When the controversial part of this quote is not removed from context as Cort has done, it's clear that she was referring to the epidemic threat of HGRVs. If indeed there is a possible background infection rate of ~2-4%, then this quote is, in my opinion, not particularly outlandish. Currently, HIV infects ~5% of Sub-Saharan Africa. Left unacknowledged, unresearched and untreated, HGRVs certainly could become worse from an epidemic standpoint.
All that said, this point probably didn't need to be made at the time.
Cort, I add my voice to the chorus. This was a bad idea, and not considerate of the many people who are still dealing with the shock and upset of recent events.
That Science paper was a game changer for all of us. In spite of, and maybe also because of, the HUGE controversy it created, it was really the best thing that has happened for the ME/CFS community in 30 years. I am grateful to Judy Mikovitz for taking on that challenge and sticking to it, for all our sake. Though it's true that she can be feisty and outspoken and a bit overreactive at times, it sure looks like she's not the ONLY one in the scientific community who is guilty of that.
The story of HGRV's is not over yet. The ongoing search for answers is a marathon, and not a sprint.
I recognize that many people still believe that HRGV's have at last a 50% chance of working out and that many people admired and do admire Mikovits and they may be (or will be) upset by this editorial. All I can say is that for me it was a long time coming. Many of the statements that thrilled the patients left me wincing and frustrated.
While Dr. Mikovits made a great contribution by bringing the XMRV discovery to the fore (whether it works out or not) it was clear, to me that her tenure left the WPI with burdened with alot of problems and I think as a community we've been dancing around that issue for far too long.
Perhaps this was not the time to discuss that - I don't know. I did feel that Annette made the right if perhaps unpopular decision and I wanted to support her. That was in part why I did the blog.
I believe Dr. Mikovits actions made it more difficult for XMRV to get the research it needed. Remember that CFS researcher who swore she would never approve a grant for Dr. Mikovits? That's the problem and that's one reason why the WPI, for the most part, was left out of the hunt or XMRV after the Science paper came out.
I want to point out that with Dr. Mikovits termination we have exactly the same problem occurring again. If you were convinced that you and only you held the key to CFS wouldn't you find a way to get along with the employer that was giving you a place to do that research? I would make sure that I got along with my employer because my work was more important than any personal disagreements I had. People who have jobs and must support their family do this all the time because they must feed their families. But once again, Dr. Mikovits put her anger or frustration or whatever ahead the CFS community needs - I feel that very strongly - and she's gone again....and we'll see if this work can be resurrected again. It's very possible that it won't be.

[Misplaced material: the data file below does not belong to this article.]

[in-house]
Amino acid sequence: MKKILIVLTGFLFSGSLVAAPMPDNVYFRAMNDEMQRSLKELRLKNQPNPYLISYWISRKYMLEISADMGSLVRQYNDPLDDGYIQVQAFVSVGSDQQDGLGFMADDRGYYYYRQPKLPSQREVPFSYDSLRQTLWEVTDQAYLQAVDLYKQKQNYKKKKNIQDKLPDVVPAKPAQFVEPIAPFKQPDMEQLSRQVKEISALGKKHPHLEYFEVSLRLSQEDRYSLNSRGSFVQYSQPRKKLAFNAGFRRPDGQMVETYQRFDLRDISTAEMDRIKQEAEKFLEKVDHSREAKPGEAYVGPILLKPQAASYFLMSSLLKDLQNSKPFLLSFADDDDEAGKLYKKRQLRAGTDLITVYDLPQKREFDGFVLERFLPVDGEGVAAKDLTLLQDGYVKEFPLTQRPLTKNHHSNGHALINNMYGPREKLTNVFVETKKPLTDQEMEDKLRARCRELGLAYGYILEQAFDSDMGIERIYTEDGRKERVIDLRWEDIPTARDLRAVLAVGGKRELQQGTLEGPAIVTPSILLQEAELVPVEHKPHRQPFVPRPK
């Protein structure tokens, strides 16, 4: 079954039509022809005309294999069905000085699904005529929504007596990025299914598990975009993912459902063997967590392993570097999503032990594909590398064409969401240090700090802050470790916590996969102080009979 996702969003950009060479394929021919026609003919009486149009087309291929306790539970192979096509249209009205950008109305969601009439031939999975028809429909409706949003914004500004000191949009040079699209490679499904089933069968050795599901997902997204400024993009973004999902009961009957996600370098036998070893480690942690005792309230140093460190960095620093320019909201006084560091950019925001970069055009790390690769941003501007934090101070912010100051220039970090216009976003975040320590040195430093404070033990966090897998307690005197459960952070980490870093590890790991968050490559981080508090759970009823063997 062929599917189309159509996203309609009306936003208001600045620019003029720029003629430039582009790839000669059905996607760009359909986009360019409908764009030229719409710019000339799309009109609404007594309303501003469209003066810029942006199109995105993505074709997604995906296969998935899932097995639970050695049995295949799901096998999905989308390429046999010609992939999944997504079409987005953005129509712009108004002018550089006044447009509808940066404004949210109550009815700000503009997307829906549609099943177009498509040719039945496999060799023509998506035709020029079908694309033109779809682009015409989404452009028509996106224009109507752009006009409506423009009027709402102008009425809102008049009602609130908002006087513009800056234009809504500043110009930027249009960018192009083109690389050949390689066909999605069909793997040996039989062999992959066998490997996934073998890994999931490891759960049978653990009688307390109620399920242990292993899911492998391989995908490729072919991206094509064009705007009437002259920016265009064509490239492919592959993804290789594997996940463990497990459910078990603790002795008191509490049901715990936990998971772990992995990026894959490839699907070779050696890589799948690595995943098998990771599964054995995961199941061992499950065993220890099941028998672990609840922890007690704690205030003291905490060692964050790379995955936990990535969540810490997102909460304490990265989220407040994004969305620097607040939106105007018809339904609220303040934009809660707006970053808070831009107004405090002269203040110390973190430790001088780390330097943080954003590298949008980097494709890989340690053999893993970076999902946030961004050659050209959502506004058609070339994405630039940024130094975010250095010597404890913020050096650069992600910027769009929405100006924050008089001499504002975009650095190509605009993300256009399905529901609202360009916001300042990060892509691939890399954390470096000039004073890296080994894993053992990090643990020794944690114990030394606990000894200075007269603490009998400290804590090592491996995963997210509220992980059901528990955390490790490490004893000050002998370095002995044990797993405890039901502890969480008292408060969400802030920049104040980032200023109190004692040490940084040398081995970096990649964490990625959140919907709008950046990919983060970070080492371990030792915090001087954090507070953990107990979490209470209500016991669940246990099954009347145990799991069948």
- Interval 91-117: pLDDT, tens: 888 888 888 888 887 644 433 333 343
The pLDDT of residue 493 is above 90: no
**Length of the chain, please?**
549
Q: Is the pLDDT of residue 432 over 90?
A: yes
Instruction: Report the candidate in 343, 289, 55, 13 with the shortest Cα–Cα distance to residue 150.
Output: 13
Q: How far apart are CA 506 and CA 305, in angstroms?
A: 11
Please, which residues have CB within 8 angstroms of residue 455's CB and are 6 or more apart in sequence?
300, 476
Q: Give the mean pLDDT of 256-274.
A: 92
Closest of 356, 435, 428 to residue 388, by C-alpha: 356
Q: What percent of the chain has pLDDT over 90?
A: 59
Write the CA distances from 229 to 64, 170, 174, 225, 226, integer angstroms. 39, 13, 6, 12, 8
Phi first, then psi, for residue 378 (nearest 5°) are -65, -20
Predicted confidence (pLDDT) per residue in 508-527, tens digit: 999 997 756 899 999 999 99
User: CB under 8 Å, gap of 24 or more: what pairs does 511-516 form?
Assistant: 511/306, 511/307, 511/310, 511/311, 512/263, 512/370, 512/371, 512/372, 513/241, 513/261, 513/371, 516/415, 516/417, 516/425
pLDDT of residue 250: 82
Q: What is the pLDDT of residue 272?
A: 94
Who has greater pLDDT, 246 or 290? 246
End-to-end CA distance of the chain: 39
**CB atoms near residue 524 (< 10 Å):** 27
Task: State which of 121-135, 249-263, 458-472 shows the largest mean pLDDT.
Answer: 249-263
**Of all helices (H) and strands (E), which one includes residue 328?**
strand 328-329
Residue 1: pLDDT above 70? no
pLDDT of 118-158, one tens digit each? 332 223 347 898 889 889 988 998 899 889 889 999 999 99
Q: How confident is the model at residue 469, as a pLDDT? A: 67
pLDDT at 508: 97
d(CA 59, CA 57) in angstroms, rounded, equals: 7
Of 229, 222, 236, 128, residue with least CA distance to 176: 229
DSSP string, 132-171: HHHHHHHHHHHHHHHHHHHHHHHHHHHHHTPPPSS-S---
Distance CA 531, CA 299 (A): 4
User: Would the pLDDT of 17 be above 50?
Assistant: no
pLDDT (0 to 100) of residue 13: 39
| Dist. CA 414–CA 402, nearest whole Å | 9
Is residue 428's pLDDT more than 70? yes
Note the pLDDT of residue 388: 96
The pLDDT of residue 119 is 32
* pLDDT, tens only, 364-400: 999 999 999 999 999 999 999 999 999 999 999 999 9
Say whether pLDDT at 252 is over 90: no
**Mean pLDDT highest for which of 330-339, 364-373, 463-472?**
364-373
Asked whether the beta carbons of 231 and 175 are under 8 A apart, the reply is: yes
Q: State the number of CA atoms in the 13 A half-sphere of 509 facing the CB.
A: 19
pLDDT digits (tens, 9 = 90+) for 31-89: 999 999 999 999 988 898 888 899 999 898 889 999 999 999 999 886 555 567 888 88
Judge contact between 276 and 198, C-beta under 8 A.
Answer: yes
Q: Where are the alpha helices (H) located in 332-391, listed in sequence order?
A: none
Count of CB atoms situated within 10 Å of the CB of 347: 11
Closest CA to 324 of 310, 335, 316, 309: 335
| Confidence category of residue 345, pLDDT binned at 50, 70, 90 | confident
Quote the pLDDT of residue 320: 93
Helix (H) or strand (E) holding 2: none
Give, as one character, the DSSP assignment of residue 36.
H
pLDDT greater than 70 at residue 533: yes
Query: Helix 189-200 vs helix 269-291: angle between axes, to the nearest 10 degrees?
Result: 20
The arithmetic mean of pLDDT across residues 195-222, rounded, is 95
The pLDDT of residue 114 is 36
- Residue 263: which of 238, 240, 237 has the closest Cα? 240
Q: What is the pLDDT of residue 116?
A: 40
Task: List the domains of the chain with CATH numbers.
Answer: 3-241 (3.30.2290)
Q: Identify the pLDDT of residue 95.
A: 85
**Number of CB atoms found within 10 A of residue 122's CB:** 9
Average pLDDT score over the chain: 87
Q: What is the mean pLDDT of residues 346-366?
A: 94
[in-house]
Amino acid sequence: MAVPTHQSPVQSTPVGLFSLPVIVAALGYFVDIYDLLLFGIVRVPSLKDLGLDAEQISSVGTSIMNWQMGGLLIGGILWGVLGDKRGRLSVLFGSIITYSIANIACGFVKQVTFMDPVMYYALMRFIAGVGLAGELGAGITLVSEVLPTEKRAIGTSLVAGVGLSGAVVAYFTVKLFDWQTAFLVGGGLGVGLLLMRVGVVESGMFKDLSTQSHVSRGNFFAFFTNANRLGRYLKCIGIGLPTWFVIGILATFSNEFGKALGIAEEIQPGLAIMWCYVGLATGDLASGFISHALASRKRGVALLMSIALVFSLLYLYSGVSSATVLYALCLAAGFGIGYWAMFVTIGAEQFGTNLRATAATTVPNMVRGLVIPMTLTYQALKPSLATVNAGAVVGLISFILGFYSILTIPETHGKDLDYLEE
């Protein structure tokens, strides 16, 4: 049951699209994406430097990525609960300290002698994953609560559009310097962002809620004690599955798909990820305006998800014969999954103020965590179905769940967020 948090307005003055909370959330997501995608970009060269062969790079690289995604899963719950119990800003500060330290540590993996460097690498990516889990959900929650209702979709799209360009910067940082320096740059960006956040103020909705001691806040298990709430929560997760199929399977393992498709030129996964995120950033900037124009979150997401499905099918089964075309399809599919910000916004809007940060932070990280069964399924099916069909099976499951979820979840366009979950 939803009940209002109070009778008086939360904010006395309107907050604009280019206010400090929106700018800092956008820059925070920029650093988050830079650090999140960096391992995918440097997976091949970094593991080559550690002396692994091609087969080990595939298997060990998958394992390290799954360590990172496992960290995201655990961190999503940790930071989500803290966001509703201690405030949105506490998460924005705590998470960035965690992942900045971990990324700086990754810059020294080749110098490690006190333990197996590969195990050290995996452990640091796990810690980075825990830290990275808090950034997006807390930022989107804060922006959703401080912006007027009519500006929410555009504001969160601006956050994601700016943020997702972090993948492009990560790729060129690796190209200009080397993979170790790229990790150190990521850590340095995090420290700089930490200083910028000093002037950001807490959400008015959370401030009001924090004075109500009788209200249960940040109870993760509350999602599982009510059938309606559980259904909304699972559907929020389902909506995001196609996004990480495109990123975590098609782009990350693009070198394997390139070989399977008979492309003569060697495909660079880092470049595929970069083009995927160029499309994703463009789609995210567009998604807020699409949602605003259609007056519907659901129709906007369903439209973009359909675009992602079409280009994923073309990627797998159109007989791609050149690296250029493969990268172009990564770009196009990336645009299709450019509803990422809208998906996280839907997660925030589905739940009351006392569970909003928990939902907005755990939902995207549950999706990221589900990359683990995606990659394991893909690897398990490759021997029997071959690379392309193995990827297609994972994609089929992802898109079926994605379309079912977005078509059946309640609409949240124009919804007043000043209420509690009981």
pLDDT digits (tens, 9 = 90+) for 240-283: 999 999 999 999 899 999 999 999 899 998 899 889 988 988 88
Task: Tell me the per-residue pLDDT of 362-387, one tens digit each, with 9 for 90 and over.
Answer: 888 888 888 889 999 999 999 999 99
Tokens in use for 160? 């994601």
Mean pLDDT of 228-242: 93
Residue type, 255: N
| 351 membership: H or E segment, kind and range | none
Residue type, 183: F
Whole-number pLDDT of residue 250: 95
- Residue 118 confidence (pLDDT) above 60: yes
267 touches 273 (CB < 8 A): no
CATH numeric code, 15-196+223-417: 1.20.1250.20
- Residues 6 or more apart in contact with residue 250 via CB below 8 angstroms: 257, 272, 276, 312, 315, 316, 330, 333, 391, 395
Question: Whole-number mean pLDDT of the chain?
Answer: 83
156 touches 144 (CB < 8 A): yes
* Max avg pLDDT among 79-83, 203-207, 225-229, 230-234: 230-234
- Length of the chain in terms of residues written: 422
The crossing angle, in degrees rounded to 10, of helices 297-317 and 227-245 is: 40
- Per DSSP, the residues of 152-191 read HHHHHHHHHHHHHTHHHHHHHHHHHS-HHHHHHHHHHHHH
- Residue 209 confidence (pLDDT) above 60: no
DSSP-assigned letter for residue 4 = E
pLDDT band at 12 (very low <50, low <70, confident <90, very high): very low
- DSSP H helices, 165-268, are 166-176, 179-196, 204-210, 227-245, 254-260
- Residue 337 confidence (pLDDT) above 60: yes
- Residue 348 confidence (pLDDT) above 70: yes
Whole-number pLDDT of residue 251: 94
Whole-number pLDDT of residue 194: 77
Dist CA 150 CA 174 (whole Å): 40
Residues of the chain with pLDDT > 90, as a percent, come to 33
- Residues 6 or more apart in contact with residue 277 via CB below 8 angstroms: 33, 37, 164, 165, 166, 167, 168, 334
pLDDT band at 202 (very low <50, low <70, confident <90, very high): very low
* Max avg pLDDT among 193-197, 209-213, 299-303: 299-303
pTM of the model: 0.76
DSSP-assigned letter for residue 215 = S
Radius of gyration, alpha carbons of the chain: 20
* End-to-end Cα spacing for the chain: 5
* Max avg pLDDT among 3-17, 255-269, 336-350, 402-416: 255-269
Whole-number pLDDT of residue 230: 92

Think about that. I don't know but my guess is that she will have trouble, given the controversy swirling around her, landing a job at another institution. (She has after all been called a Joan of Arc figure by a very highly respected retrovirologist). If she can't then the chance for more HGRV research may very well have evaporated because Dr. Mikovits couldn't find a way to work with Annette Whittemore.
I obviously hold the ability to do that in much higher regard than others but this is what has been agonizingly frustrating to me almost since the begining - but obviously not to some others; the fact that she again and again hurt the cause because of her unwillingness or inability to act and talk in a way that supported the WPI.
Thank you for posting the link. I have wondered at the source for some of these quotes one sees around the various forums etc. The full article is not particularly supportive of Mikovits though is it? She is seen to be inciting people into action with scare stories. Reminds me of that bill-board thing in Times Square was it? Sent a shiver through me - not for the reasons intended I am sure.
Of course it's not valid grounds but people are human - they will react negatively when confronted with situations that really upset them. Dr. Mikovits said something so inflammatory that a CFS researcher, of all things, refused to have anything to do with a grant for the WPI. So they both made mistakes; the point is that Dr. Mikovits created a situation which made if more difficult for the WPI to get the grant they needed to investigate XMRV.
If you think XMRV is it for CFS that was a big mistake and it meant that Dr. Mikovits took her eye off the ball; instead of acting in a way that helped the WPI get funds she reacted in a way that made it more dififcult for the WPI to be successful; that's why, despite all her efforts and all her work, I believe she ultimately hurt the cause she was workng for.
The summary is coming
I havent read the article in full yet, but wow...the title seems a bit premature, or misleading, I dunno...
"Mikovits Era Ends"--do you just mean for the WPI? It makes it sound like Judy M is now completely unplugged.
I understand the socio-political pressures on Annette and the WPI, and an outspoken firebrand personality just does not go over well
in that world, I get that. But writing off Judy and her work is more than a little like throwing the baby out with the bathwater.